Awwww, this made me cry! I can so relate to how you feel, about two years ago I was at Central Market with my step mom, we were wandering the stalls and my vision started to go, I started sweating profusely and before i knew it my knees buckled and I was on the ground. I had had similar but less intense episodes before and knew that I needed sugar so I asked my step mom to go get me a coke or something. In the meantime, there was laying on the ground sweating profusely with my vision going in and out. The ladies in the surrounding stalls nearby sprang into action with all of them stretching their extension cords so that the could get their fans as close to me as possible toward me and one rubbing the obligatory tiger balm under my nose while simultaneously wiping my sopping brow. I felt so helpless, so scared, but most of all, so overwhelmed with gratitude at their unquestioning kindness, I too burst into tears. I was already charmed by Phnom Penh at that point, and I’m pretty sure that’s the day I fell in love.

    I hope you’re feeling better, and maybe you should go get your blood sugar checked! Hugs from an ex-PP girl.

    • Hi MissGlo!

      Wow…I am so sorry you went through that too- it’s really terrifying! But it really does make you appreciate how welcoming and caring this country is- we really are blessed! I spoke with our doctor on staff today and he said it was most likely low glucose levels…which is weird since I had drank a 100plus that morning but who knows.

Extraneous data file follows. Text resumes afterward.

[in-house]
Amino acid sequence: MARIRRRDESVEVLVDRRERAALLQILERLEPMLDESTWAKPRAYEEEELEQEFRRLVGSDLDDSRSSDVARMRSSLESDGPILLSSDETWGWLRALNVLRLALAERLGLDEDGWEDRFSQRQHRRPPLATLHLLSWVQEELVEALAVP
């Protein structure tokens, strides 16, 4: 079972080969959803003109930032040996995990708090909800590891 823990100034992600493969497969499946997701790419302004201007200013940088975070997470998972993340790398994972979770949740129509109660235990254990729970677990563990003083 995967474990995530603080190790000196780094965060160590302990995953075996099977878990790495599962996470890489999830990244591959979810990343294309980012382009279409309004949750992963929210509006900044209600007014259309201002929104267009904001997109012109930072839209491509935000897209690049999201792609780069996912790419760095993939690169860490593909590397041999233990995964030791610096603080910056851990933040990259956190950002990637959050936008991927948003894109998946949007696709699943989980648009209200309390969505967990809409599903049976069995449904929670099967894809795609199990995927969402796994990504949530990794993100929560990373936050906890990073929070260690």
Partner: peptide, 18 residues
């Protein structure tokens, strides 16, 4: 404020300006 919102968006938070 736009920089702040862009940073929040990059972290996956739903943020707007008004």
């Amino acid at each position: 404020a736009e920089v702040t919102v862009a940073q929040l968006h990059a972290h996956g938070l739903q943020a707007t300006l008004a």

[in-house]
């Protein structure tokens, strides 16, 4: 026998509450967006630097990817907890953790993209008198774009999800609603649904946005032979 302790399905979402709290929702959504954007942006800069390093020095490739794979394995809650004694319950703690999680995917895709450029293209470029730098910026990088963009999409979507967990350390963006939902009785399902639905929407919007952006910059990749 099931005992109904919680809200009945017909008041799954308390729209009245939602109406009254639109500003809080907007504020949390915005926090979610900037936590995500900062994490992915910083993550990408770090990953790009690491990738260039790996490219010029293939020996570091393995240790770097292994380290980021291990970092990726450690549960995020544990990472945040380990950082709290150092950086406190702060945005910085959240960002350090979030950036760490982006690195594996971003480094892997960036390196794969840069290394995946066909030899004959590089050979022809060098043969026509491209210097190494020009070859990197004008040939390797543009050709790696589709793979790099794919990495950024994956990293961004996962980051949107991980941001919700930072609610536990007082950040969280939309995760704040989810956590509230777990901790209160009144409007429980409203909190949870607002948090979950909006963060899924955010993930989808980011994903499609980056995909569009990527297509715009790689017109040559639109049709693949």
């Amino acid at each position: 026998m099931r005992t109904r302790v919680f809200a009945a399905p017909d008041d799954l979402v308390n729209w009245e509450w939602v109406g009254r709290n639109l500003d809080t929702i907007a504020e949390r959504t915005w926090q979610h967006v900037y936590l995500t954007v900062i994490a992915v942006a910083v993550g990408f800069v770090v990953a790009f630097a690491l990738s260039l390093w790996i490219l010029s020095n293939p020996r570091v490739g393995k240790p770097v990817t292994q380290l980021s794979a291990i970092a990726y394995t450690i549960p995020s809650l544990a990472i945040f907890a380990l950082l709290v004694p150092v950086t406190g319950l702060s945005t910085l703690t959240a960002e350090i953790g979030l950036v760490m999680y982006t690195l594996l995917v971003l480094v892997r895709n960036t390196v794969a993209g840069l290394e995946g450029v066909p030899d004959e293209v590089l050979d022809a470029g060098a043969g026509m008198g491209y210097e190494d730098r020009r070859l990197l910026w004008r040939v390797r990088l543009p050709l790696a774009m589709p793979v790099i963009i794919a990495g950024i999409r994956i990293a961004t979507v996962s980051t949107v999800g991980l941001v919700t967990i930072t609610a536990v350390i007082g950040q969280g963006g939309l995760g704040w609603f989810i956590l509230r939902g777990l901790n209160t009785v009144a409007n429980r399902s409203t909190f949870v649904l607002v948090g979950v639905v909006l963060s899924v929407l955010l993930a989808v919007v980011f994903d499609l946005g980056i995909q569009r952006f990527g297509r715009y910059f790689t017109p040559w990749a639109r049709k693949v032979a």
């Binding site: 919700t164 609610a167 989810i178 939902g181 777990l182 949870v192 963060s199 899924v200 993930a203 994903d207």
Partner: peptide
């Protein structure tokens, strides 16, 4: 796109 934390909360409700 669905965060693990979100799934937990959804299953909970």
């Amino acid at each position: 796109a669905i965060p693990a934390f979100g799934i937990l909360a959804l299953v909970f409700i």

All I can say is this:

      Thank goodness for kind elderly women who know how to keep you conscious, tiger balm, fans/extension cords, and above all- the kindness of others.

      Thanks for taking the time to read and comment, I hope you’re well xx

      • MissGlo says:

        Wow! You have no idea how excited I am that you replied!! I have been a regular reader of your blog for months now, and there have been other times I’ve wanted to comment but been to shy…certainly not anymore! Thank you for replying, and thank your for your wonderful blog!

  2. joel says:

    Yo you can easily die from that. Like for real. Maybe carry something sweet around with you. A paramedic told me even just getting the sugar into your mouth and under your tongue can prevent serious issues. Peace and be careful